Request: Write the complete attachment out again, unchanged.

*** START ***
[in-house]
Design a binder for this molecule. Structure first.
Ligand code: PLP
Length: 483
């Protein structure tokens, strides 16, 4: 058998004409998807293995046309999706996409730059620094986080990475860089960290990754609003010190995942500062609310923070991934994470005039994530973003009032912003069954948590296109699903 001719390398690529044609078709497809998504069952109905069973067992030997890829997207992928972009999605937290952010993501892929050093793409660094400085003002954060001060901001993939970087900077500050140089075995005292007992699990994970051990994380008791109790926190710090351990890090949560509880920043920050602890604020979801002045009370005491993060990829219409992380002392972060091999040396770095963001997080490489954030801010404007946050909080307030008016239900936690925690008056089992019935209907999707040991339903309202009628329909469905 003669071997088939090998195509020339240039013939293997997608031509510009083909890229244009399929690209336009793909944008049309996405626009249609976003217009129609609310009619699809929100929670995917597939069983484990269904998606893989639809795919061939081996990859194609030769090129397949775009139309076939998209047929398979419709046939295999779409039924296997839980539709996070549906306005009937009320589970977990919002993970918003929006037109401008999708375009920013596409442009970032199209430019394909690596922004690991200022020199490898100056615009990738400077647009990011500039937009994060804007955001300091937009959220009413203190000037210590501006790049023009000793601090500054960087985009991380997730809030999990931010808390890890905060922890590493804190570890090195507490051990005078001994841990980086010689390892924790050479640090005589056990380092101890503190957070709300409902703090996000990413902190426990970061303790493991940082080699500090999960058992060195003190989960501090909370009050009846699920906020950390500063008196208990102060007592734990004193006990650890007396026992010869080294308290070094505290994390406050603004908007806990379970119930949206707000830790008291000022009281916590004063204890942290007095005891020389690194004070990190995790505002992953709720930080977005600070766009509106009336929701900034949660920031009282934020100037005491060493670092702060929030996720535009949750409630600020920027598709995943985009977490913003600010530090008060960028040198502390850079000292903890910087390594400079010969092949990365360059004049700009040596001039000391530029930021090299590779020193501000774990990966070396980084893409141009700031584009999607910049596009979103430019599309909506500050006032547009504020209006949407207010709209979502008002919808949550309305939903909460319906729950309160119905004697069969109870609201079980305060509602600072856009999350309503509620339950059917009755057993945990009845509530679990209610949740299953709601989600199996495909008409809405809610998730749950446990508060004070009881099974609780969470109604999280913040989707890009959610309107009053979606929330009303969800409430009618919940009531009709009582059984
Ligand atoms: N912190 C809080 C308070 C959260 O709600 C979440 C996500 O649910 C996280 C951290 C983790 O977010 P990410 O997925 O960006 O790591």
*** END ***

[in-house]
Design a binder for this molecule. Structure first.
Ligand code: PLP
Length: 483
């Protein structure tokens, strides 16, 4: 058998004409998807293995046309999706996409730059620094986080990475860089960290990754609003010190995942500062609310923070991934994470005039994530973003009032912003069954948590296109699903 001719390398690529044609078709497809998504069952109905069973067992030997890829997207992928972009999605937290952010993501892929050093793409660094400085003002954060001060901001993939970087900077500050140089075995005292007992699990994970051990994380008791109790926190710090351990890090949560509880920043920050602890604020979801002045009370005491993060990829219409992380002392972060091999040396770095963001997080490489954030801010404007946050909080307030008016239900936690925690008056089992019935209907999707040991339903309202009628329909469905 003669071997088939090998195509020339240039013939293997997608031509510009083909890229244009399929690209336009793909944008049309996405626009249609976003217009129609609310009619699809929100929670995917597939069983484990269904998606893989639809795919061939081996990859194609030769090129397949775009139309076939998209047929398979419709046939295999779409039924296997839980539709996070549906306005009937009320589970977990919002993970918003929006037109401008999708375009920013596409442009970032199209430019394909690596922004690991200022020199490898100056615009990738400077647009990011500039937009994060804007955001300091937009959220009413203190000037210590501006790049023009000793601090500054960087985009991380997730809030999990931010808390890890905060922890590493804190570890090195507490051990005078001994841990980086010689390892924790050479640090005589056990380092101890503190957070709300409902703090996000990413902190426990970061303790493991940082080699500090999960058992060195003190989960501090909370009050009846699920906020950390500063008196208990102060007592734990004193006990650890007396026992010869080294308290070094505290994390406050603004908007806990379970119930949206707000830790008291000022009281916590004063204890942290007095005891020389690194004070990190995790505002992953709720930080977005600070766009509106009336929701900034949660920031009282934020100037005491060493670092702060929030996720535009949750409630600020920027598709995943985009977490913003600010530090008060960028040198502390850079000292903890910087390594400079010969092949990365360059004049700009040596001039000391530029930021090299590779020193501000774990990966070396980084893409141009700031584009999607910049596009979103430019599309909506500050006032547009504020209006949407207010709209979502008002919808949550309305939903909460319906729950309160119905004697069969109870609201079980305060509602600072856009999350309503509620339950059917009755057993945990009845509530679990209610949740299953709601989600199996495909008409809405809610998730749950446990508060004070009881099974609780969470109604999280913040989707890009959610309107009053979606929330009303969800409430009618919940009531009709009582059984
Ligand atoms: N912190 C809080 C308070 C959260 O709600 C979440 C996500 O649910 C996280 C951290 C983790 O977010 P990410 O997925 O960006 O790591």